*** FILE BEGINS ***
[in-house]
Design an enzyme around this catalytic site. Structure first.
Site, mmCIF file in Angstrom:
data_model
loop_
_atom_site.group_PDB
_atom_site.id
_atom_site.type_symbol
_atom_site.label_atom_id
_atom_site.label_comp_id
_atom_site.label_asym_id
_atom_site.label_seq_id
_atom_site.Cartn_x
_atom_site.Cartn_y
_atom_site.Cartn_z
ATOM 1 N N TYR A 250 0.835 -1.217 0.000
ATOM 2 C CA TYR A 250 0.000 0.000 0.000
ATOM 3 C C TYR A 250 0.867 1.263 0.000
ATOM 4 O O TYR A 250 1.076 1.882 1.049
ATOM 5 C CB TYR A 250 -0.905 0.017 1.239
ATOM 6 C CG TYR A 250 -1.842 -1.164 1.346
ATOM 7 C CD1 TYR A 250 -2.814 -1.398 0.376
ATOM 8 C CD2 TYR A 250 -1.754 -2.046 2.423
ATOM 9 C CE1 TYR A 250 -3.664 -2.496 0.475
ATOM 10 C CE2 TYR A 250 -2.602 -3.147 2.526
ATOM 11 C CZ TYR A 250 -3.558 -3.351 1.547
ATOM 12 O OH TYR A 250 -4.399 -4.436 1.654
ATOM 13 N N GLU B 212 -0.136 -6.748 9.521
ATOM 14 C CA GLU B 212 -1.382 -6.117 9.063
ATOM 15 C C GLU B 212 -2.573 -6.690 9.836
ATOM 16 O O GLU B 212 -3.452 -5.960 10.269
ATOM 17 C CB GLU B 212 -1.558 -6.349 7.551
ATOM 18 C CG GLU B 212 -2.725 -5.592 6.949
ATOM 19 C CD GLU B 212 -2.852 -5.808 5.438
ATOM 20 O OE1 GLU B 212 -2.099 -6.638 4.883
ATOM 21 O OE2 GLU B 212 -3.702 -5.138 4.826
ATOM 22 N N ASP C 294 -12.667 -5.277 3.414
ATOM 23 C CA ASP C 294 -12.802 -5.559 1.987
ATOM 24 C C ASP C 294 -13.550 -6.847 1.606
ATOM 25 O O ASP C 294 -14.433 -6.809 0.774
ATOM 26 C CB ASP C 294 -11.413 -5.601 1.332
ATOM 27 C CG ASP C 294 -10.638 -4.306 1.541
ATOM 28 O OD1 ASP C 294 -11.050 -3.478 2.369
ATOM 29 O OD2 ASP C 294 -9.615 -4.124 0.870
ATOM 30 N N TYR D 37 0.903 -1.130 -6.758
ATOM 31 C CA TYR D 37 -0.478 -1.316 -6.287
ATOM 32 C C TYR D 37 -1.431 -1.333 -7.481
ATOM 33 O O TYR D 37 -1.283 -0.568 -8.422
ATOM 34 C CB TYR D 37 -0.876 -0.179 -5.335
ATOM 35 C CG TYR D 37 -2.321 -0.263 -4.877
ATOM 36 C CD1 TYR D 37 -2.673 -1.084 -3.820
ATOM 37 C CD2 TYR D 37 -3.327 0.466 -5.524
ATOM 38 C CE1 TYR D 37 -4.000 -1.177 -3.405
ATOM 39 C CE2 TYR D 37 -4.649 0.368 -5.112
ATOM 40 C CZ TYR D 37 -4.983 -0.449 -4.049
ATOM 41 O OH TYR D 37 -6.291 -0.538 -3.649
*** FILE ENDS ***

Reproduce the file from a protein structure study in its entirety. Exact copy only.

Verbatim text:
[in-house]
Design an enzyme around this catalytic site. Structure first.
Site, mmCIF file in Angstrom:
data_model
loop_
_atom_site.group_PDB
_atom_site.id
_atom_site.type_symbol
_atom_site.label_atom_id
_atom_site.label_comp_id
_atom_site.label_asym_id
_atom_site.label_seq_id
_atom_site.Cartn_x
_atom_site.Cartn_y
_atom_site.Cartn_z
ATOM 1 N N TYR A 250 0.835 -1.217 0.000
ATOM 2 C CA TYR A 250 0.000 0.000 0.000
ATOM 3 C C TYR A 250 0.867 1.263 0.000
ATOM 4 O O TYR A 250 1.076 1.882 1.049
ATOM 5 C CB TYR A 250 -0.905 0.017 1.239
ATOM 6 C CG TYR A 250 -1.842 -1.164 1.346
ATOM 7 C CD1 TYR A 250 -2.814 -1.398 0.376
ATOM 8 C CD2 TYR A 250 -1.754 -2.046 2.423
ATOM 9 C CE1 TYR A 250 -3.664 -2.496 0.475
ATOM 10 C CE2 TYR A 250 -2.602 -3.147 2.526
ATOM 11 C CZ TYR A 250 -3.558 -3.351 1.547
ATOM 12 O OH TYR A 250 -4.399 -4.436 1.654
ATOM 13 N N GLU B 212 -0.136 -6.748 9.521
ATOM 14 C CA GLU B 212 -1.382 -6.117 9.063
ATOM 15 C C GLU B 212 -2.573 -6.690 9.836
ATOM 16 O O GLU B 212 -3.452 -5.960 10.269
ATOM 17 C CB GLU B 212 -1.558 -6.349 7.551
ATOM 18 C CG GLU B 212 -2.725 -5.592 6.949
ATOM 19 C CD GLU B 212 -2.852 -5.808 5.438
ATOM 20 O OE1 GLU B 212 -2.099 -6.638 4.883
ATOM 21 O OE2 GLU B 212 -3.702 -5.138 4.826
ATOM 22 N N ASP C 294 -12.667 -5.277 3.414
ATOM 23 C CA ASP C 294 -12.802 -5.559 1.987
ATOM 24 C C ASP C 294 -13.550 -6.847 1.606
ATOM 25 O O ASP C 294 -14.433 -6.809 0.774
ATOM 26 C CB ASP C 294 -11.413 -5.601 1.332
ATOM 27 C CG ASP C 294 -10.638 -4.306 1.541
ATOM 28 O OD1 ASP C 294 -11.050 -3.478 2.369
ATOM 29 O OD2 ASP C 294 -9.615 -4.124 0.870
ATOM 30 N N TYR D 37 0.903 -1.130 -6.758
ATOM 31 C CA TYR D 37 -0.478 -1.316 -6.287
ATOM 32 C C TYR D 37 -1.431 -1.333 -7.481
ATOM 33 O O TYR D 37 -1.283 -0.568 -8.422
ATOM 34 C CB TYR D 37 -0.876 -0.179 -5.335
ATOM 35 C CG TYR D 37 -2.321 -0.263 -4.877
ATOM 36 C CD1 TYR D 37 -2.673 -1.084 -3.820
ATOM 37 C CD2 TYR D 37 -3.327 0.466 -5.524
ATOM 38 C CE1 TYR D 37 -4.000 -1.177 -3.405
ATOM 39 C CE2 TYR D 37 -4.649 0.368 -5.112
ATOM 40 C CZ TYR D 37 -4.983 -0.449 -4.049
ATOM 41 O OH TYR D 37 -6.291 -0.538 -3.649